A vote for Brexit would be a hammer blow to Northern Ireland's airports, it has been claimed.
It would mean that EU flights would no longer be covered by a law that entitles passengers to compensation of up to £450 if there is an unacceptable delay.
And in Northern Ireland's case, this could potentially affect more than 80,000 flights annually - and could drive even more northern passengers to Dublin which, as an EU hub, would be unaffected.
Kevin Clarke, head of the flight delay team with Bott and Co solicitors, said: "In the event Belfast became a non-EU hub, it would be absolutely plausible for Ryanair or any other EU airline to set up flights from nearby Dublin Airport to the same destinations - but at a much, much lower cost.
"It would be difficult to see how Belfast could compete with that. This is a scenario unique to Northern Ireland because of its proximity to the border."
Flights which would no longer be covered include big names such as easyJet, Jet2, Thomas Cook, Thomson and Monarch, because they would no longer be EU carriers and passengers would no longer be departing from EU countries.
And transatlantic flights would not be covered in any direction.
Economist John Simpson said the future of Northern Ireland's airports - especially Belfast International - may be in jeopardy because Dublin will become a more attractive prospect.
"Being on a small island, any advantages in terms of doing your business from either the Belfast end or the Dublin end will be likely to be magnified," he said.
"In this case, if there are attractions in terms of better exchange rates or the type of legislation Dublin might sit with a major advantage, which would be to a disadvantage, particularly to Belfast International Airport."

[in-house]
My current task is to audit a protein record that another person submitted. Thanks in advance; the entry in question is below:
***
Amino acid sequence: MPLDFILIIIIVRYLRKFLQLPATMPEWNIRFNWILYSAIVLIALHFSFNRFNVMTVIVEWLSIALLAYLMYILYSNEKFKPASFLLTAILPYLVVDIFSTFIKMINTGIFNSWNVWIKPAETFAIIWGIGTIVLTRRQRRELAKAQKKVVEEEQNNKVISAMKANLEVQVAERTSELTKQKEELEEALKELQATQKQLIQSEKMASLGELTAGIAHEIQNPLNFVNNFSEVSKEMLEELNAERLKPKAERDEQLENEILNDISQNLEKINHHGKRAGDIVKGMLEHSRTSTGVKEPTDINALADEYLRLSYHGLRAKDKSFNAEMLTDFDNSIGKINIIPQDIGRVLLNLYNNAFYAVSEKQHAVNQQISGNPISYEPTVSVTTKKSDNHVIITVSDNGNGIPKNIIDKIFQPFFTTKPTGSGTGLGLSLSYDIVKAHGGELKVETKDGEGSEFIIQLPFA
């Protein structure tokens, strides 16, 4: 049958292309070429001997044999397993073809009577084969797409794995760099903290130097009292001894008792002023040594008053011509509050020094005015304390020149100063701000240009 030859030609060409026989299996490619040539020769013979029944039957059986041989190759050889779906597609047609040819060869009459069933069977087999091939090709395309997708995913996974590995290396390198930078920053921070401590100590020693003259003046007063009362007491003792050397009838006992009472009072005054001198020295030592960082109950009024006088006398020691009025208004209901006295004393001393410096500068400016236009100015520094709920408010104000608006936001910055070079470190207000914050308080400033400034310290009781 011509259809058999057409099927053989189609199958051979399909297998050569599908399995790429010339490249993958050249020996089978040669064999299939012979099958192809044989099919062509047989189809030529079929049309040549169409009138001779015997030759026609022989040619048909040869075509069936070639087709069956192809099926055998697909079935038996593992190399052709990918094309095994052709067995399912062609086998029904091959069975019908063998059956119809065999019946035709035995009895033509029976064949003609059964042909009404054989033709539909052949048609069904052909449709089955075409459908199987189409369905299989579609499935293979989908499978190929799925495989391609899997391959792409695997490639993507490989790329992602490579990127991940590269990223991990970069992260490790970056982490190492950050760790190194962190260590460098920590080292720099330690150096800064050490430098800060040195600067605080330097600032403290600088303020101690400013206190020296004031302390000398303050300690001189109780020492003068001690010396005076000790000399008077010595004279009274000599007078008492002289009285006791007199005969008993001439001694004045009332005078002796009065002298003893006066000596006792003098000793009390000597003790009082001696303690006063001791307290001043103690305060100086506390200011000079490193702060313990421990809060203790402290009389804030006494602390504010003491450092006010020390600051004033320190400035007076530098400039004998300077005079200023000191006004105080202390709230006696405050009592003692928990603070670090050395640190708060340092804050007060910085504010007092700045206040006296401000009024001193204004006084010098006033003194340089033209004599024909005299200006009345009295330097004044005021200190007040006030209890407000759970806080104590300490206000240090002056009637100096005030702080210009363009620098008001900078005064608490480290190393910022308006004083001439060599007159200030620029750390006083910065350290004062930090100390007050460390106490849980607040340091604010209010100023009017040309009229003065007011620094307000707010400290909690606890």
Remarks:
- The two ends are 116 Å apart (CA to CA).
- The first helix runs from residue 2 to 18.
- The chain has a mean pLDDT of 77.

Both Belfast International and George Best Belfast City Airports declined to comment.
The Civil Aviation Authority (CAA) confirmed there were 72,915 scheduled flights into and out of Northern Ireland in 2015, as well as 8,441 charters, totalling 81,356.
Flights from the EU, or on an EU airline to the EU, are currently covered by a European law that entitles passengers to compensation of up to £450 (or €600) if there is a delay of more than three hours.
That currently covers 94% of all flights into or out of the UK.
But if the UK votes to leave the EU this month that could all change, because people would no longer be flying from an EU airport and a lot of carriers would no longer be EU carriers.
Mr Clarke said it would affect around a million flights in and out of the UK every year.
"That's £400m worth of compensation that would be wiped out - and protection for over 100 million passengers would no longer be there," he added.
In the event of Brexit, flights on easyJet, Jet2, Thomas Cook, Thomson and Monarch would not longer be covered.
"If you were coming back into the UK on those airlines from an EU country, the regulation would cover you," Mr Clarke said.
"However, if you wanted to enforce your rights because the airline wasn't paying you compensation, you wouldn't be able to bring a claim under the UK legal system because it wouldn't recognise the regulation."
Flights operated by Ryanair - a huge proponent of staying in the EU - would be covered because its headquarters is in Ireland, which is an EU country.
We are on the brink of abruptly changing the core policy of how the UK has been governed for the past four decades. Here in Northern Ireland, while the polls show a clear majority mindful of the real benefits for Northern Ireland of being inside, not outside, the EU, and in favour of staying, the two top people in authority - the First Minister and the Secretary of State - are actively campaigning to take the UK and Northern Ireland out.